Hotly-tipped indie riser Eden Rain delights us once more, with her hauntingly beautiful new ballad “Palo Alto”.

Capturing the confusion of what moving on from somebody really feels like, Rain’s sharp lyrics detail the unexpected hurdles that frustratingly pop up during the healing process: “Do you know how many people wear that cologne and that same T-shirt? Everywhere I go, I glimpse a piece of you,” Rain delicately sings.

Carving out a lane for herself through a winning combo of soft, sensitive sounds and intimate vocal stylings which tug at the heartstrings, Eden Rain is shaping up to be a definitive one to watch in the UK indie scene.

To celebrate the release of her new single “Palo Alto”, we caught up with Rain about creating the track, being in her “hell-hath-no-fury-like-a-woman-scorned era” and why she feels having a career in music “shouldn’t be just London-centric” – read on for more.

SheBOPS: What was the inspiration behind your new single ‘Palo Alto’?

Eden Rain: I was thinking about a notes page I found in my phone, which was titled: “Things That I Once Loved (But Now They Just Remind Me of Someone I Hate).” There was a long list. I found it the day we wrote the song, and it just stemmed from there.

Your lyrics in ‘Palo Alto’ delve into themes of loss and reclaiming spaces. How do you approach writing such personal content?

It came quite naturally as I was in an Airbnb in the middle of the countryside in the Yorkshire Dales on a writing week with Jack (who co-wrote and produced it). We are really close mates and he makes it very easy to feel like I can share my thoughts and ideas. So, I guess the song was written with the dream combination of being in the middle of nowhere with friends and lots of time to think.

What was the creative process like for ‘Palo Alto’? Did you face any challenges?

Once we brought the demo version back from the writing week we (more me tbf) struggled with Demo-itis. I loved the demo so much that it took a few versions (I think seventeen) of stripping it back and adding more and stripping it back again to get to the version we have now. Luckily I’m very picky and Jack is very patient. It was definitely a labour of love.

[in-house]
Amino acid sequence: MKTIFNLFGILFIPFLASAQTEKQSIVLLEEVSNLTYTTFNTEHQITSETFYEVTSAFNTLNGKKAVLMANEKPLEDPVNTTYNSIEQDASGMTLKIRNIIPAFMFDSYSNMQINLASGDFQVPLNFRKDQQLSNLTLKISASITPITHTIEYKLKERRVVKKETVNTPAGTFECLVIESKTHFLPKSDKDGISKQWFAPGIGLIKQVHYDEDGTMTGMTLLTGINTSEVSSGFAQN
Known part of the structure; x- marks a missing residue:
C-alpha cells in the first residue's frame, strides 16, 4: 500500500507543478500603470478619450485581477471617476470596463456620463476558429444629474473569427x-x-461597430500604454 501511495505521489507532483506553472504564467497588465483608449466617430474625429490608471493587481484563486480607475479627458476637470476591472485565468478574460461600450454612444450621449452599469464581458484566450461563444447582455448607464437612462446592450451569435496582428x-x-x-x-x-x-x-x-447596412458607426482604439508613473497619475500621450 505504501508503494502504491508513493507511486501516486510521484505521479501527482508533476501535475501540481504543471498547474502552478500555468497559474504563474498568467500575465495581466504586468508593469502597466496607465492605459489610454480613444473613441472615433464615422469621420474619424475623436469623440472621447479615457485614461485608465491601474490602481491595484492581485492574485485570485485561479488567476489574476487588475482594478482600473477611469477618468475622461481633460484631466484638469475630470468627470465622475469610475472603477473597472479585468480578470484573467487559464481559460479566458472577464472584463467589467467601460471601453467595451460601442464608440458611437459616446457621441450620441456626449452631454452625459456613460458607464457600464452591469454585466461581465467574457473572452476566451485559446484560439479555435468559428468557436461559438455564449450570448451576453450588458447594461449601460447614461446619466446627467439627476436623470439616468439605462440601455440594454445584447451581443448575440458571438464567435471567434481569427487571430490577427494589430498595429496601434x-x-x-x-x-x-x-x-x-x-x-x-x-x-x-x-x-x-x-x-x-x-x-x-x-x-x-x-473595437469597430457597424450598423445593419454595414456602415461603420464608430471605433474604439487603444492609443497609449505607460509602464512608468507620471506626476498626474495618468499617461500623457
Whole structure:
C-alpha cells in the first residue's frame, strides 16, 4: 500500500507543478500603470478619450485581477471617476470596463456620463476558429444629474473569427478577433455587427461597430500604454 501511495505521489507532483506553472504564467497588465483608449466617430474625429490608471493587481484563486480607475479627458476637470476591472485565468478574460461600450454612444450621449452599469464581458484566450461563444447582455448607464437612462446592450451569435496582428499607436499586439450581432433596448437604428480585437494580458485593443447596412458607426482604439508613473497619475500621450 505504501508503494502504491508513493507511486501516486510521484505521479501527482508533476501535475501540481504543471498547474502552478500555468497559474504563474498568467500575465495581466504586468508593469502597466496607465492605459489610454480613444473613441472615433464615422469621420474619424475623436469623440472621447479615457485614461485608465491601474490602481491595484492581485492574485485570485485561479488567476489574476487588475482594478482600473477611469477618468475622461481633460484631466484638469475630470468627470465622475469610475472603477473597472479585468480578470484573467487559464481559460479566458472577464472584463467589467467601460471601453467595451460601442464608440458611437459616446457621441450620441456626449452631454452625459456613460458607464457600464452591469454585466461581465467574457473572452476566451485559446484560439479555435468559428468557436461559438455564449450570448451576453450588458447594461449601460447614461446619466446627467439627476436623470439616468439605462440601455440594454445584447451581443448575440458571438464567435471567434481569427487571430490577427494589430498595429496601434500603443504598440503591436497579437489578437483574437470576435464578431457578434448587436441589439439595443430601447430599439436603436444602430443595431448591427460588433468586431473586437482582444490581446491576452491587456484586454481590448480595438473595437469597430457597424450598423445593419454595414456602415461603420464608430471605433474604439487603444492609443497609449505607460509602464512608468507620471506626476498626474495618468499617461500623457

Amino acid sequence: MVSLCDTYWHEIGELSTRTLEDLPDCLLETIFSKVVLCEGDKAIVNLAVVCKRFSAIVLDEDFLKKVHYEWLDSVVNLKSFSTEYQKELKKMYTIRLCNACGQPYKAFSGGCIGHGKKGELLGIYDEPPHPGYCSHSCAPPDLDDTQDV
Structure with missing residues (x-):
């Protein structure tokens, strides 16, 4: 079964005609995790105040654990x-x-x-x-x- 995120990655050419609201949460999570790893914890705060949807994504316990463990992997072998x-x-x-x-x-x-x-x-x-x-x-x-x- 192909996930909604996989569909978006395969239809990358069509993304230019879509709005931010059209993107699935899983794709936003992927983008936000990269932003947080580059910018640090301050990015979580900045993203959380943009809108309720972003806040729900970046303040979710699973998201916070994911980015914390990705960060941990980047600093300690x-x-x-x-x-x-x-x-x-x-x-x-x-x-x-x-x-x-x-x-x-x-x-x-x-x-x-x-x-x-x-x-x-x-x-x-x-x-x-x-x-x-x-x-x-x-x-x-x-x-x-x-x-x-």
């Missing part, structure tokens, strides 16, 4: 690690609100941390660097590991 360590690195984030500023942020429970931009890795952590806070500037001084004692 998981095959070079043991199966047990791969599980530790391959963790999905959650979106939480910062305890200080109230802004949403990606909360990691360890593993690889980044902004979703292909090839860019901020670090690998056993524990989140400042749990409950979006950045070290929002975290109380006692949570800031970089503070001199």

What message do you hope listeners take away from ‘Palo Alto’?

I’m definitely in my hell-hath-no-fury-like-a-woman-scorned era 💅🏻 So, I hope people take from that what they will. Also finding relatability in the subject, because who hasn’t had something they love ruined by someone they hate?

What’s your process for turning a song idea into a finished product?

A lot of trial and error and bounces backwards and forwards. I love listening to other songs for references and also scrolling through Pinterest to try to get the brain juices flowing.

How did your upbringing in Yorkshire shape your music style and identity as an artist?

I’m a diehard Yorkshire Stan. I love, love, love the North. It’s shaped me as a person and as an artist – there’s a lot to be said about the sense of community there and a passion for making music for the sake of music, instead of trying to make it in the industry. Also, all the independent venues I used to visit as a kid and teenager, I still go to and even perform in now. Basically, the be-all and end-all of having a career in music isn’t, and shouldn’t be, just London-centric.

What’s the most surprising thing you’ve learned about the music industry?

I think I first thought that the labels as a whole have more influence than they do and to be a successful artist you had to sign record deals. I just don’t think like that anymore. Also, the people who back you and your music, even when you’re not having a viral or ‘buzzy’ moment, are the people that you want to work with.

Who are some female musicians that have inspired you and why?

Carole King, Janice Joplin, Sinead O’Connor, Remi Wolf, Lola Young, Joy Crookes, RAYE – they all just write really fkin good songs and have amazing taste.

How do you think the perception of women in music has changed since you started your career?

It’s hard to say whether music has become more progressive or if I just surround myself with people who are dedicated to empowering female voices. I definitely feel way more supported now as a woman than when I started, but I think that’s more to do with me getting older and seeking that support out. I know it’s not gotten easier for a lot of people and the industry still has a long way to go.

In your opinion, how can the music industry improve its support for women in music?

People need to challenge their own biases. Book more female and non binary artists as headliners and at festivals and events. Buy their merch, listen to their music, believe them. Make more opportunities for women of colour, women from low income backgrounds and women in local music scenes. Work with female producers, songwriters, mix and master engineers!!!! There’s so much that can be done.

Lastly, what’s one thing you wish you knew before starting your music career?

Trust my gut more. Xx

“Palo Alto” by Eden Rain is out now.

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